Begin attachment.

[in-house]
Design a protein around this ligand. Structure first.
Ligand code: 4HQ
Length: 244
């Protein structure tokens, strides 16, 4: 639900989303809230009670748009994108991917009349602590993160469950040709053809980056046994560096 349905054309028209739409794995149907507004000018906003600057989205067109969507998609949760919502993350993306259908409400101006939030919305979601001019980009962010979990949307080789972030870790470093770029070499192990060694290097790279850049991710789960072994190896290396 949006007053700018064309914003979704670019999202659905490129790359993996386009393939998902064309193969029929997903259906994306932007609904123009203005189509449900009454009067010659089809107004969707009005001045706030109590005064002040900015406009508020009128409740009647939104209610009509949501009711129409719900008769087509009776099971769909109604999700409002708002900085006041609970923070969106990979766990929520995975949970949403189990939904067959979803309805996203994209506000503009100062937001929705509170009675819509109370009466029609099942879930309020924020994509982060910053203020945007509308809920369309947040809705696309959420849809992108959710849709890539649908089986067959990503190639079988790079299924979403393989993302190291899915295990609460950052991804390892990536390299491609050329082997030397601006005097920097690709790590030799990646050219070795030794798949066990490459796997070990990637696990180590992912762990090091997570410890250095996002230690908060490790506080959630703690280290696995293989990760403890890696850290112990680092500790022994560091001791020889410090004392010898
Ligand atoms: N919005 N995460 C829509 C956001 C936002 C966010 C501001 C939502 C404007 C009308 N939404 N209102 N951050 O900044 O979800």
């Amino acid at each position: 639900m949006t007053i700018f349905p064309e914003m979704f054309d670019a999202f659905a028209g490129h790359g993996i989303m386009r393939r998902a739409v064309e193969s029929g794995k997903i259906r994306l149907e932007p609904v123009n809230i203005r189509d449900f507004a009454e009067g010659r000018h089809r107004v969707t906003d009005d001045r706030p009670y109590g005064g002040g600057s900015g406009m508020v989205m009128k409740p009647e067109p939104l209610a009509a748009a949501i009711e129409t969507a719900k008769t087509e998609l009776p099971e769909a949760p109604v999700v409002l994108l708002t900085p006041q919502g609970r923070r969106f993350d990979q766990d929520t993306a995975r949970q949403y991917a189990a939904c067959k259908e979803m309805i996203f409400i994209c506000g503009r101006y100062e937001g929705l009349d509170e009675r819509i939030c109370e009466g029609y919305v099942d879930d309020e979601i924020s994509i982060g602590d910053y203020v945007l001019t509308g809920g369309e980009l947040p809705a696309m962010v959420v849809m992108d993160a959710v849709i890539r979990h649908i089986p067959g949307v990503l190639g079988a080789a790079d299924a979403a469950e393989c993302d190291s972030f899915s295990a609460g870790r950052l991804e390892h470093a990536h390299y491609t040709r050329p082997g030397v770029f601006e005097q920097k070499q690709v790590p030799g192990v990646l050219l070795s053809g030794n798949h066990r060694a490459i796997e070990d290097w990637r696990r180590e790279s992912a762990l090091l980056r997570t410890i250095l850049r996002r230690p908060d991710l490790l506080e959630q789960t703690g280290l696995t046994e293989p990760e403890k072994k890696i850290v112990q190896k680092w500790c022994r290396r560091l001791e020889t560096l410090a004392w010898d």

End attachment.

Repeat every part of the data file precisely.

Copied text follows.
[in-house]
Design a protein around this ligand. Structure first.
Ligand code: 4HQ
Length: 244
């Protein structure tokens, strides 16, 4: 639900989303809230009670748009994108991917009349602590993160469950040709053809980056046994560096 349905054309028209739409794995149907507004000018906003600057989205067109969507998609949760919502993350993306259908409400101006939030919305979601001019980009962010979990949307080789972030870790470093770029070499192990060694290097790279850049991710789960072994190896290396 949006007053700018064309914003979704670019999202659905490129790359993996386009393939998902064309193969029929997903259906994306932007609904123009203005189509449900009454009067010659089809107004969707009005001045706030109590005064002040900015406009508020009128409740009647939104209610009509949501009711129409719900008769087509009776099971769909109604999700409002708002900085006041609970923070969106990979766990929520995975949970949403189990939904067959979803309805996203994209506000503009100062937001929705509170009675819509109370009466029609099942879930309020924020994509982060910053203020945007509308809920369309947040809705696309959420849809992108959710849709890539649908089986067959990503190639079988790079299924979403393989993302190291899915295990609460950052991804390892990536390299491609050329082997030397601006005097920097690709790590030799990646050219070795030794798949066990490459796997070990990637696990180590992912762990090091997570410890250095996002230690908060490790506080959630703690280290696995293989990760403890890696850290112990680092500790022994560091001791020889410090004392010898
Ligand atoms: N919005 N995460 C829509 C956001 C936002 C966010 C501001 C939502 C404007 C009308 N939404 N209102 N951050 O900044 O979800």
């Amino acid at each position: 639900m949006t007053i700018f349905p064309e914003m979704f054309d670019a999202f659905a028209g490129h790359g993996i989303m386009r393939r998902a739409v064309e193969s029929g794995k997903i259906r994306l149907e932007p609904v123009n809230i203005r189509d449900f507004a009454e009067g010659r000018h089809r107004v969707t906003d009005d001045r706030p009670y109590g005064g002040g600057s900015g406009m508020v989205m009128k409740p009647e067109p939104l209610a009509a748009a949501i009711e129409t969507a719900k008769t087509e998609l009776p099971e769909a949760p109604v999700v409002l994108l708002t900085p006041q919502g609970r923070r969106f993350d990979q766990d929520t993306a995975r949970q949403y991917a189990a939904c067959k259908e979803m309805i996203f409400i994209c506000g503009r101006y100062e937001g929705l009349d509170e009675r819509i939030c109370e009466g029609y919305v099942d879930d309020e979601i924020s994509i982060g602590d910053y203020v945007l001019t509308g809920g369309e980009l947040p809705a696309m962010v959420v849809m992108d993160a959710v849709i890539r979990h649908i089986p067959g949307v990503l190639g079988a080789a790079d299924a979403a469950e393989c993302d190291s972030f899915s295990a609460g870790r950052l991804e390892h470093a990536h390299y491609t040709r050329p082997g030397v770029f601006e005097q920097k070499q690709v790590p030799g192990v990646l050219l070795s053809g030794n798949h066990r060694a490459i796997e070990d290097w990637r696990r180590e790279s992912a762990l090091l980056r997570t410890i250095l850049r996002r230690p908060d991710l490790l506080e959630q789960t703690g280290l696995t046994e293989p990760e403890k072994k890696i850290v112990q190896k680092w500790c022994r290396r560091l001791e020889t560096l410090a004392w010898d």